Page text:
The full transcript of Prospect's event with William Hagueby Prospect / April 16, 2013 / Leave a comment
Prospect was in conversation last night with the Rt Hon William Hague MP, the foreign secretary. He was interviewed by Bronwen Maddox, editor of Prospect, and then took further questions from the audience.
Listen to the event below
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Here is the full transcript of the event:
Bronwen Maddox: Thank you very much for coming, I’m Bronwen Maddox, editor of Prospect, and I’m delighted to welcome you here to Prospect in conversation with the Right Honourable William Hague, foreign secretary. We’re delighted that it’s supported by Inmarsat and CH2M Hill.
No foreign secretary expects a peaceful life, but William Hague has had more than his share. Since May 2010, when he took the job, he’s had what you might call excessively interesting times. He’s had the Libyan revolution, Syria, Egypt, Iran (ongoing), North Korea, and the Euro crisis —he memorably called the currency a burning building with no exits.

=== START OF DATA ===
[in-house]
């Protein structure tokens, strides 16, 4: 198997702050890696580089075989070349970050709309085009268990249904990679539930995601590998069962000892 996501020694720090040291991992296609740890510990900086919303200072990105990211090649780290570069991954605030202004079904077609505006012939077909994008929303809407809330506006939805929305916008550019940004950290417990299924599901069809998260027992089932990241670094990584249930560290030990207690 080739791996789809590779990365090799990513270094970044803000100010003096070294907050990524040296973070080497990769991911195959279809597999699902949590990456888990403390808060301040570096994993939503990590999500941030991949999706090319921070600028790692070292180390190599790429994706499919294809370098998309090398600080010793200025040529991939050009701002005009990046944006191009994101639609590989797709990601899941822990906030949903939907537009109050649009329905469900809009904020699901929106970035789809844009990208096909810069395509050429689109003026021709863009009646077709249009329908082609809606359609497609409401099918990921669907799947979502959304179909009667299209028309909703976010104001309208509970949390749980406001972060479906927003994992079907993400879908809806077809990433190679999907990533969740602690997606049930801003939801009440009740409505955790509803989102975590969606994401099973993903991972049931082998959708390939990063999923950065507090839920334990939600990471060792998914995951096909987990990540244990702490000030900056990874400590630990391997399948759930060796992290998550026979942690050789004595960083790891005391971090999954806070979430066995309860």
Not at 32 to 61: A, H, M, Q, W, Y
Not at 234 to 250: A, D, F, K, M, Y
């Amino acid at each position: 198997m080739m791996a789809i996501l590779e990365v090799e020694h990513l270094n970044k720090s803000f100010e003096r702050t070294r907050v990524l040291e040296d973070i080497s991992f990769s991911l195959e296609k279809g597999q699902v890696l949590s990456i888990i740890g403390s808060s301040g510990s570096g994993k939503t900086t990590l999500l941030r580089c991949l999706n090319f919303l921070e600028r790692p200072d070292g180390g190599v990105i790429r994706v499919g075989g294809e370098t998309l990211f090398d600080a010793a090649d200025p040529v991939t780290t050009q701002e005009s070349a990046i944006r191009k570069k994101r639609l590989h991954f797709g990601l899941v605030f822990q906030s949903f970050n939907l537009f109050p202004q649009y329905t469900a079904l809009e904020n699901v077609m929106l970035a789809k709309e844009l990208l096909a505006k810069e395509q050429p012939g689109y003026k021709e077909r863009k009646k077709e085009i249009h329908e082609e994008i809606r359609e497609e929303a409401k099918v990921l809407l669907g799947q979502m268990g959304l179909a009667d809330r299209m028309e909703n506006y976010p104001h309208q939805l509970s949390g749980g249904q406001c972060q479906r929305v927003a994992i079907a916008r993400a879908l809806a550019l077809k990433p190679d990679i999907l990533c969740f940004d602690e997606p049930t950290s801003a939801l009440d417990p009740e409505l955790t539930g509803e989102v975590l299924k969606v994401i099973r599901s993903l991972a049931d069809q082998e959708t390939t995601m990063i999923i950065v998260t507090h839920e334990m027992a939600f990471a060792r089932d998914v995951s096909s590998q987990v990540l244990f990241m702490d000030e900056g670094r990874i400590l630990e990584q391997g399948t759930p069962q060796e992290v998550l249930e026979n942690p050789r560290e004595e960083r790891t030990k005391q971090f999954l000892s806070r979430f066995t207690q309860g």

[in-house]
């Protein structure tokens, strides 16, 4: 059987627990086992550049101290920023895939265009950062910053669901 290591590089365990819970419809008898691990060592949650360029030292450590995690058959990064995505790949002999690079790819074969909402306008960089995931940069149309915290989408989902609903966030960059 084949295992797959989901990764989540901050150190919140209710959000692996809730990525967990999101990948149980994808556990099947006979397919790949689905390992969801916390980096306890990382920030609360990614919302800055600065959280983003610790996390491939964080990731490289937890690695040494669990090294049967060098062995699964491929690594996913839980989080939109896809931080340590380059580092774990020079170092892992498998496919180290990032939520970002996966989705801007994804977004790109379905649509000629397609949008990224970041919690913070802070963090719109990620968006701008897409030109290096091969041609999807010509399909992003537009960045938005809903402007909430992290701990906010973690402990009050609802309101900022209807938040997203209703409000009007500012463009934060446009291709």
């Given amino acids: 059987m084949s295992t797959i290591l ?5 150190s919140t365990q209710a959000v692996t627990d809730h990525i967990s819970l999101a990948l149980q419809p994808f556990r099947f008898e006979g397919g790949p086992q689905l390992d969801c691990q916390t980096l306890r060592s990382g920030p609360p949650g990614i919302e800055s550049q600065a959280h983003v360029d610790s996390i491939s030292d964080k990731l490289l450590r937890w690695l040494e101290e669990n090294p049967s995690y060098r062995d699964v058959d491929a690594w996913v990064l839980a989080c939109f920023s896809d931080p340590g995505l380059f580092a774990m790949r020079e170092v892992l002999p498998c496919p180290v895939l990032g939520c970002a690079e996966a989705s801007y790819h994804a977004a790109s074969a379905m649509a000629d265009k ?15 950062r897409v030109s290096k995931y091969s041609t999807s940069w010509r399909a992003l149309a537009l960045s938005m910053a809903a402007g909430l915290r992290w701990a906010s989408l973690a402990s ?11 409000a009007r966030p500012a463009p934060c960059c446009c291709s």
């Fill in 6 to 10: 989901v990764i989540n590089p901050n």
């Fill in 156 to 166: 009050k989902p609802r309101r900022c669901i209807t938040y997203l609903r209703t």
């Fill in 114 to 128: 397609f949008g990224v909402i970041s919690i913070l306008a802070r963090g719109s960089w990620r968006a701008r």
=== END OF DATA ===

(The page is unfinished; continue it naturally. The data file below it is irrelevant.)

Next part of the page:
He spent last week with the G8 foreign ministers, he’s just been talking at Commons about them, the week before with Angelina Jolie in Africa, and this morning launched the Foreign Office’s annual human rights and democracy report. Despite that, he’s presided over the Foreign Office with the mantra, ‘No one should panic,’ in fact it’s now affectionately known, the Hague regime, if you like, as the ‘Keep Calm and Carry On’ approach to the job, and he’s here to tell us why.
We’re going to have an in conversation for about half of the hour, and then we’ll go to questions—and I know there are a lot from the people here. And with that, let me kick off—I’ve asked the foreign secretary if he’d like to make some opening remarks, but after a day of making more than opening remarks he’s said, “Let’s kick straight off.”
We’re spoiled for choice, if that’s the phrase, for crises on your desk at the moment, but I wanted to start with Syria. You said last week when your counterparts were in town, that this was on track to be the biggest humanitarian catastrophe in the 21st century. We’re two years in, the United Nations thinks 70,000 have been killed—what should the west do now?